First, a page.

The FAA has been promoting the “Integrated Method” of flight instruction for many years. I have found this technique to be counter productive at the beginning of flight training and very detrimental to a student’s progress. We should always start teaching aircraft control by visual references only. Pilots must be able to fly the airplane by looking out the windows in visual meteorological conditions. The first step is to cover up all of the flight instruments except the power gauge which in most small airplanes is the tachometer.
All flying in any type of airplane involves controlling pitch attitude, bank attitude and yaw at various power settings and flap configurations. All of our students must understand and be able to control the airplane as described below.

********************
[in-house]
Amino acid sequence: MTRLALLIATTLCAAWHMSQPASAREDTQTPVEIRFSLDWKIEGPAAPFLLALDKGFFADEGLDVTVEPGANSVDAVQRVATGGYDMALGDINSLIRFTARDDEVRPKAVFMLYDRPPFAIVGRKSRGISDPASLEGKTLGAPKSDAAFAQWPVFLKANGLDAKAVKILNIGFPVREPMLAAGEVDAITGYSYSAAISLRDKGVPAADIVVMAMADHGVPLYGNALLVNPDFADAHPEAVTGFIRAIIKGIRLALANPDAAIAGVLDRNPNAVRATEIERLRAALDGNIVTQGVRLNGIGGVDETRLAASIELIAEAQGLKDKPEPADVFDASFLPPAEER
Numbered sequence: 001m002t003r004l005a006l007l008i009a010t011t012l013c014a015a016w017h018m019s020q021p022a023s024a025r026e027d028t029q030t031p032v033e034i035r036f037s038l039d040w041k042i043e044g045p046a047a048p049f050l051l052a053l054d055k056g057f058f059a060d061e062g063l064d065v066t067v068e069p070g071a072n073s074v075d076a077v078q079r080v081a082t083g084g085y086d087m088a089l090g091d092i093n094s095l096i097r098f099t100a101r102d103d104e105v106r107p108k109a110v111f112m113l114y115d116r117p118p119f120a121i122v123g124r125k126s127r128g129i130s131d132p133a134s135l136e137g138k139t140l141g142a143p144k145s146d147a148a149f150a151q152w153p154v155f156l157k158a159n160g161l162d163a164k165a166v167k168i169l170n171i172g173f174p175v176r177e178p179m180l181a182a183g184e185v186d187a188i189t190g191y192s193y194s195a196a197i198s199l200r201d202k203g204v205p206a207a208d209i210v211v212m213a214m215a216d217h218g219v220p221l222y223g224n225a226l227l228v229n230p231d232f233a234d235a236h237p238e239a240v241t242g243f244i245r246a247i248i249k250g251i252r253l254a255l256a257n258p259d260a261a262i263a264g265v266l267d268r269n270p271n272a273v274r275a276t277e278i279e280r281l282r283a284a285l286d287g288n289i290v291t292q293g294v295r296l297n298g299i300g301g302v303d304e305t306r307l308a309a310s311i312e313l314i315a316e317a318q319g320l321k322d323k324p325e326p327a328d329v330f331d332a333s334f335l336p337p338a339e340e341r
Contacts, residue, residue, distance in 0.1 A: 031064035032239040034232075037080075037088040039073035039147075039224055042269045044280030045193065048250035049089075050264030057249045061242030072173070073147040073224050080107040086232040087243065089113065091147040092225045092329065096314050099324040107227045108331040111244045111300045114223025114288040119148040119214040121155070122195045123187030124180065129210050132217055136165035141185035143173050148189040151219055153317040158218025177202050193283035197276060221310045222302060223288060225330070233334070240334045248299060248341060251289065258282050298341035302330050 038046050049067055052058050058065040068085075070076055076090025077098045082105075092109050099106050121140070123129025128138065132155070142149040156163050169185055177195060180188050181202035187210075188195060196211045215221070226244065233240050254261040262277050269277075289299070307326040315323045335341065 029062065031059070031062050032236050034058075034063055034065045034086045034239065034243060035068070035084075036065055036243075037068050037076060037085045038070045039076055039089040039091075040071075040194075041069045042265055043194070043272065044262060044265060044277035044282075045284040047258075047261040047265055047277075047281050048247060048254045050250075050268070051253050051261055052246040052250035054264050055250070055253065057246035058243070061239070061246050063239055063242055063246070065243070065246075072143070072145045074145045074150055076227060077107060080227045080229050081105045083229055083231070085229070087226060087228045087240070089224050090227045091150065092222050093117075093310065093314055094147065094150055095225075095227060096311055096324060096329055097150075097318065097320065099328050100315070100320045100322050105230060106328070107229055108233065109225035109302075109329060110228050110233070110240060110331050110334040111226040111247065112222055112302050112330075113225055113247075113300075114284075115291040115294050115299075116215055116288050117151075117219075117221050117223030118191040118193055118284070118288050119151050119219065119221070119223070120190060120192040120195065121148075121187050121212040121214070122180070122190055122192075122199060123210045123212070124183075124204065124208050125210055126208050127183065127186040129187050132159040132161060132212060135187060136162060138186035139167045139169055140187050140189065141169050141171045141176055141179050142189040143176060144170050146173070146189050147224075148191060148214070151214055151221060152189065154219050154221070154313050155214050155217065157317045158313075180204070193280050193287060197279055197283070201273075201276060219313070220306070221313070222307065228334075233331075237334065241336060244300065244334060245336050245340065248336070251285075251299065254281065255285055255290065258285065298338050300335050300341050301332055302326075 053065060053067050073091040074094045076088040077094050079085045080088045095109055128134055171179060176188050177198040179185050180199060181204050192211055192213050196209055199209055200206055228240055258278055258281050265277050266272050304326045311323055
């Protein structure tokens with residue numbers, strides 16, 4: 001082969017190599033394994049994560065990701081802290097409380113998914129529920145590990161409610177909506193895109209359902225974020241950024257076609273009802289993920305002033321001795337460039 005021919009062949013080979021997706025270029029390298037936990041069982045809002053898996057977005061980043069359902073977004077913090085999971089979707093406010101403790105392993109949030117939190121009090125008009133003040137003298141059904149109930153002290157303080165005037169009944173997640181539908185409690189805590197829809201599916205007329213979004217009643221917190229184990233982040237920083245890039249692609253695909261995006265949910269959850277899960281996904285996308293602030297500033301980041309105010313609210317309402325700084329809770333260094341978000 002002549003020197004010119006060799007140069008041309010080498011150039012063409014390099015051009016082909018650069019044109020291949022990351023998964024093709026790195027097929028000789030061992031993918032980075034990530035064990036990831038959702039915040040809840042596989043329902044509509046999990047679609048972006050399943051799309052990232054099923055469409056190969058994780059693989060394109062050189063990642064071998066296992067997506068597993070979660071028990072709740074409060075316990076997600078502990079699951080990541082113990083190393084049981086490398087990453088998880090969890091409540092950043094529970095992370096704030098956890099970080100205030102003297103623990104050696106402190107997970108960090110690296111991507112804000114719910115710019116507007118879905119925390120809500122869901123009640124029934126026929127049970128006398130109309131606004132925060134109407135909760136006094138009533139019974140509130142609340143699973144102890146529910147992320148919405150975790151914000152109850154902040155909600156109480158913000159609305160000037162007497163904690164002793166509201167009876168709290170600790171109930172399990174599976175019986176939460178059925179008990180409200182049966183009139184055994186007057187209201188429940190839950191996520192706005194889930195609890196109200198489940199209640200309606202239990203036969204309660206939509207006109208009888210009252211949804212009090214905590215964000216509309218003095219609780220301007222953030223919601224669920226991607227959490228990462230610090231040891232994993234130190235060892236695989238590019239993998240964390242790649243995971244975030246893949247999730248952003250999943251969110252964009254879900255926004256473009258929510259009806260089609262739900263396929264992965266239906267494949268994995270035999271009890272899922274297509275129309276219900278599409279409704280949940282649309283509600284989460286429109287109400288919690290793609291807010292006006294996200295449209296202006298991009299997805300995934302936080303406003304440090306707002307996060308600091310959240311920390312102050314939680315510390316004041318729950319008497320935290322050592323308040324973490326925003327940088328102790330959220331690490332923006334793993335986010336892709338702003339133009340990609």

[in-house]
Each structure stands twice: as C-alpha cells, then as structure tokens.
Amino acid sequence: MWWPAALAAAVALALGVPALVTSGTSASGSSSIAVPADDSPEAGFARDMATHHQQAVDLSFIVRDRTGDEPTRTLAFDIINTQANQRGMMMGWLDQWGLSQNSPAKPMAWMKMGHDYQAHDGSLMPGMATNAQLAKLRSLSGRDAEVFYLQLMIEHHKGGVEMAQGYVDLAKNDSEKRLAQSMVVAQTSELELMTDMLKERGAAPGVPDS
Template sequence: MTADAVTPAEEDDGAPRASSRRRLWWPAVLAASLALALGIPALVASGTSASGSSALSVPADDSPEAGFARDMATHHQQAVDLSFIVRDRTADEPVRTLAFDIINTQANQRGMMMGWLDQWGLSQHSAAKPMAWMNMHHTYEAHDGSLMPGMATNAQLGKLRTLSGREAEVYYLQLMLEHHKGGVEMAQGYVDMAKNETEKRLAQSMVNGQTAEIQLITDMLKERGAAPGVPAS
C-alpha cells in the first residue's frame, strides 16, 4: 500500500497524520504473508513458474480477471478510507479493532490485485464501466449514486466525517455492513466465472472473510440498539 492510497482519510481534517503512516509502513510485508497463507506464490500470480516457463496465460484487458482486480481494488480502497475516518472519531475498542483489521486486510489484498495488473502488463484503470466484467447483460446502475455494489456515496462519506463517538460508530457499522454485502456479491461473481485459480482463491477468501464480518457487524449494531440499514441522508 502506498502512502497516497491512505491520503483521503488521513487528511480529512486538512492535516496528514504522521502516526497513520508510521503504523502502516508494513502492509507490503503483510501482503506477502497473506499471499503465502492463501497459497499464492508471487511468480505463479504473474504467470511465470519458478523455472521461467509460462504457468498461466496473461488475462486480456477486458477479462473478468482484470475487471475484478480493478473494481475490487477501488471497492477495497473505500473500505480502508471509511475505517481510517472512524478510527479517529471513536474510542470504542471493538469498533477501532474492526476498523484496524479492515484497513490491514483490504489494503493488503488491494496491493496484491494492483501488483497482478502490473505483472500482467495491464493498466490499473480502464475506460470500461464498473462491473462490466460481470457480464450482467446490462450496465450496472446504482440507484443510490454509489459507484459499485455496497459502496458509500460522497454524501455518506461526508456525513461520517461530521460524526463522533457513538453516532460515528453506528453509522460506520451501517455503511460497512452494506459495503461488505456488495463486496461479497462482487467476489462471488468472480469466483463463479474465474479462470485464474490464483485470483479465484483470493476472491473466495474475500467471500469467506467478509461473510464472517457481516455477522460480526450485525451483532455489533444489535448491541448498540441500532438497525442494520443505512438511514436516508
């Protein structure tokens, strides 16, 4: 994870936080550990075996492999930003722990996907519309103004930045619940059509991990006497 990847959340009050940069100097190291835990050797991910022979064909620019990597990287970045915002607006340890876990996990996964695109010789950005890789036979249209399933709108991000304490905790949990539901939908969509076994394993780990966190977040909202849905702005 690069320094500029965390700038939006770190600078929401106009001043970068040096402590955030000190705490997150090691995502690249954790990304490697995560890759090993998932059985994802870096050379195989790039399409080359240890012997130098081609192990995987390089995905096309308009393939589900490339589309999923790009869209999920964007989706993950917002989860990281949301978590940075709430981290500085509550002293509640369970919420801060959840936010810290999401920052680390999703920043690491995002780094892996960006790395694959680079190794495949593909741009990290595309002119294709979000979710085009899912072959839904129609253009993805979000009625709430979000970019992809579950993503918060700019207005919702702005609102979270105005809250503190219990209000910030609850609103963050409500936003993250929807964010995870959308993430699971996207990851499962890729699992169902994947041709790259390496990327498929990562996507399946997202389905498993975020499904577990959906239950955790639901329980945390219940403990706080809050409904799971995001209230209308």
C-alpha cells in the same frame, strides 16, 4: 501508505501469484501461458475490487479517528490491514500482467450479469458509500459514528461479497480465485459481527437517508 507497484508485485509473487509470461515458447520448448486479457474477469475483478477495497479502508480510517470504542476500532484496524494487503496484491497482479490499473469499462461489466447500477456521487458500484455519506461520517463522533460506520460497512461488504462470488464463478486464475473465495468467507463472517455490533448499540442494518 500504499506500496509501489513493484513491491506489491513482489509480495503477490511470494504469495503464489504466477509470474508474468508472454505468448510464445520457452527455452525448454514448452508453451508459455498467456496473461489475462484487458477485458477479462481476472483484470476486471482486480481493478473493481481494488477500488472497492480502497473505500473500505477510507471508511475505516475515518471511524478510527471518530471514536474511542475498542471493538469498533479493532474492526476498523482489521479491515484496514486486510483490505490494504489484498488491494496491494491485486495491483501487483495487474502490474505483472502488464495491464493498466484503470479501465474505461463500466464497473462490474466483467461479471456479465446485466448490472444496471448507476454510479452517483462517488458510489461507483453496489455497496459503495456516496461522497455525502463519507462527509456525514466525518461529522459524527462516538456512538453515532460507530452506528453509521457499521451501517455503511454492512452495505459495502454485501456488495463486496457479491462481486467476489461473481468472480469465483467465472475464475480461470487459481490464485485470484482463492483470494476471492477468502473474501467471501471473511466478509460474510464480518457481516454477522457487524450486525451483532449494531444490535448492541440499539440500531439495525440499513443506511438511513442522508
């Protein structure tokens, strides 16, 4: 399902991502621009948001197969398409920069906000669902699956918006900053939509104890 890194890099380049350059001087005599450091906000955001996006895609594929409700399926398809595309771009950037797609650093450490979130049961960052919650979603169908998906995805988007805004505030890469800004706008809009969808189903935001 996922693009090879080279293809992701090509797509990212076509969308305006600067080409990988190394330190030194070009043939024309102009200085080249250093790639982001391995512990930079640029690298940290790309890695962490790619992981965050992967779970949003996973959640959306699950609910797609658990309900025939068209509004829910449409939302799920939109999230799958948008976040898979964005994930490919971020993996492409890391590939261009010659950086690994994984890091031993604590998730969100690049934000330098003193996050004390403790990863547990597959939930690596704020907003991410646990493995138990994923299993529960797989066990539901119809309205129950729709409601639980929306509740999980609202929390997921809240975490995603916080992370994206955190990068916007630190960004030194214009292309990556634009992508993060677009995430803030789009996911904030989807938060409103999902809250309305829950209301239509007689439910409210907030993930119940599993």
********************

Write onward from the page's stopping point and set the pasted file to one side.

The Rules of Flying:
- Power plus attitude equals performance
- If the power is variable, then control the vertical speed using pitch attitude changes and control the airspeed by changing the power or drag.
- If the power is fixed, full, climb, idle or off, then control the airspeed with pitch and accept what ever vertical speed you get.
- If the wings are level than the airplane’s heading should not change, if it is changing then there is something wrong with the rudder.
- If the wings are banked than the airplane must turn at a rate commensurate with bank angle and airspeed. If not there is something wrong with the rudder.
- If the wing is stalled the angle of attack must be reduced first by unloading the wing.